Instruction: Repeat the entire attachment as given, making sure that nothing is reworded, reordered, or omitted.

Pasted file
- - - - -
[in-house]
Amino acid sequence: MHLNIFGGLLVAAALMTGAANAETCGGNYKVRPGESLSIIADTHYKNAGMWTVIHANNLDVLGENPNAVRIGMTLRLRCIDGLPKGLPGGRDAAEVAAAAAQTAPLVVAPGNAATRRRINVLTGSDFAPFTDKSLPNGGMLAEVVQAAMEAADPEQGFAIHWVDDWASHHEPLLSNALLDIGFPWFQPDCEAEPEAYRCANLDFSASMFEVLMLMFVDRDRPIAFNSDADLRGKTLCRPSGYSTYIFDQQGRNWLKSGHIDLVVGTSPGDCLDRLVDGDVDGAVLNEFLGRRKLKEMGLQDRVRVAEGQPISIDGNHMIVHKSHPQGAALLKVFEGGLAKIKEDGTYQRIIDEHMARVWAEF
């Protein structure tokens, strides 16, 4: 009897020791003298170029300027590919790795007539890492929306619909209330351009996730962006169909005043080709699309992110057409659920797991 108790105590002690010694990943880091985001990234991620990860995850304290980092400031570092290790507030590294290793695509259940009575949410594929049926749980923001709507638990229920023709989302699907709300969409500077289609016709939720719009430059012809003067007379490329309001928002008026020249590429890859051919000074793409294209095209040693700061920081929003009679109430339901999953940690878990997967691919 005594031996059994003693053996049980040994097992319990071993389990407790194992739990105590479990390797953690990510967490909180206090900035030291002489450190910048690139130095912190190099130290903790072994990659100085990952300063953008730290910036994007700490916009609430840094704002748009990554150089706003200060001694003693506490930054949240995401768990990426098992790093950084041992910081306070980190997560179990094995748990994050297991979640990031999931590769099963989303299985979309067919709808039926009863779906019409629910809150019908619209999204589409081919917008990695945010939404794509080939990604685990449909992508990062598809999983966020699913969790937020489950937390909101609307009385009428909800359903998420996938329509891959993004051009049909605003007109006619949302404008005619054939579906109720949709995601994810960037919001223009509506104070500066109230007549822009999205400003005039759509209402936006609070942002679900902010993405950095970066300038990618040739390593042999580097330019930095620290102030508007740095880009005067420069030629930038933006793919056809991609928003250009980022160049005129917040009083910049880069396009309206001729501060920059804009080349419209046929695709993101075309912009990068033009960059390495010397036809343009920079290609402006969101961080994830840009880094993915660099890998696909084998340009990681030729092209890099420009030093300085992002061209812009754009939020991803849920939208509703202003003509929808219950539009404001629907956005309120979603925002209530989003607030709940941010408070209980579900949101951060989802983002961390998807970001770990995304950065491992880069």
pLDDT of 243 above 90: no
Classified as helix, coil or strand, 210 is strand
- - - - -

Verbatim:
[in-house]
Amino acid sequence: MHLNIFGGLLVAAALMTGAANAETCGGNYKVRPGESLSIIADTHYKNAGMWTVIHANNLDVLGENPNAVRIGMTLRLRCIDGLPKGLPGGRDAAEVAAAAAQTAPLVVAPGNAATRRRINVLTGSDFAPFTDKSLPNGGMLAEVVQAAMEAADPEQGFAIHWVDDWASHHEPLLSNALLDIGFPWFQPDCEAEPEAYRCANLDFSASMFEVLMLMFVDRDRPIAFNSDADLRGKTLCRPSGYSTYIFDQQGRNWLKSGHIDLVVGTSPGDCLDRLVDGDVDGAVLNEFLGRRKLKEMGLQDRVRVAEGQPISIDGNHMIVHKSHPQGAALLKVFEGGLAKIKEDGTYQRIIDEHMARVWAEF
């Protein structure tokens, strides 16, 4: 009897020791003298170029300027590919790795007539890492929306619909209330351009996730962006169909005043080709699309992110057409659920797991 108790105590002690010694990943880091985001990234991620990860995850304290980092400031570092290790507030590294290793695509259940009575949410594929049926749980923001709507638990229920023709989302699907709300969409500077289609016709939720719009430059012809003067007379490329309001928002008026020249590429890859051919000074793409294209095209040693700061920081929003009679109430339901999953940690878990997967691919 005594031996059994003693053996049980040994097992319990071993389990407790194992739990105590479990390797953690990510967490909180206090900035030291002489450190910048690139130095912190190099130290903790072994990659100085990952300063953008730290910036994007700490916009609430840094704002748009990554150089706003200060001694003693506490930054949240995401768990990426098992790093950084041992910081306070980190997560179990094995748990994050297991979640990031999931590769099963989303299985979309067919709808039926009863779906019409629910809150019908619209999204589409081919917008990695945010939404794509080939990604685990449909992508990062598809999983966020699913969790937020489950937390909101609307009385009428909800359903998420996938329509891959993004051009049909605003007109006619949302404008005619054939579906109720949709995601994810960037919001223009509506104070500066109230007549822009999205400003005039759509209402936006609070942002679900902010993405950095970066300038990618040739390593042999580097330019930095620290102030508007740095880009005067420069030629930038933006793919056809991609928003250009980022160049005129917040009083910049880069396009309206001729501060920059804009080349419209046929695709993101075309912009990068033009960059390495010397036809343009920079290609402006969101961080994830840009880094993915660099890998696909084998340009990681030729092209890099420009030093300085992002061209812009754009939020991803849920939208509703202003003509929808219950539009404001629907956005309120979603925002209530989003607030709940941010408070209980579900949101951060989802983002961390998807970001770990995304950065491992880069």
pLDDT of 243 above 90: no
Classified as helix, coil or strand, 210 is strand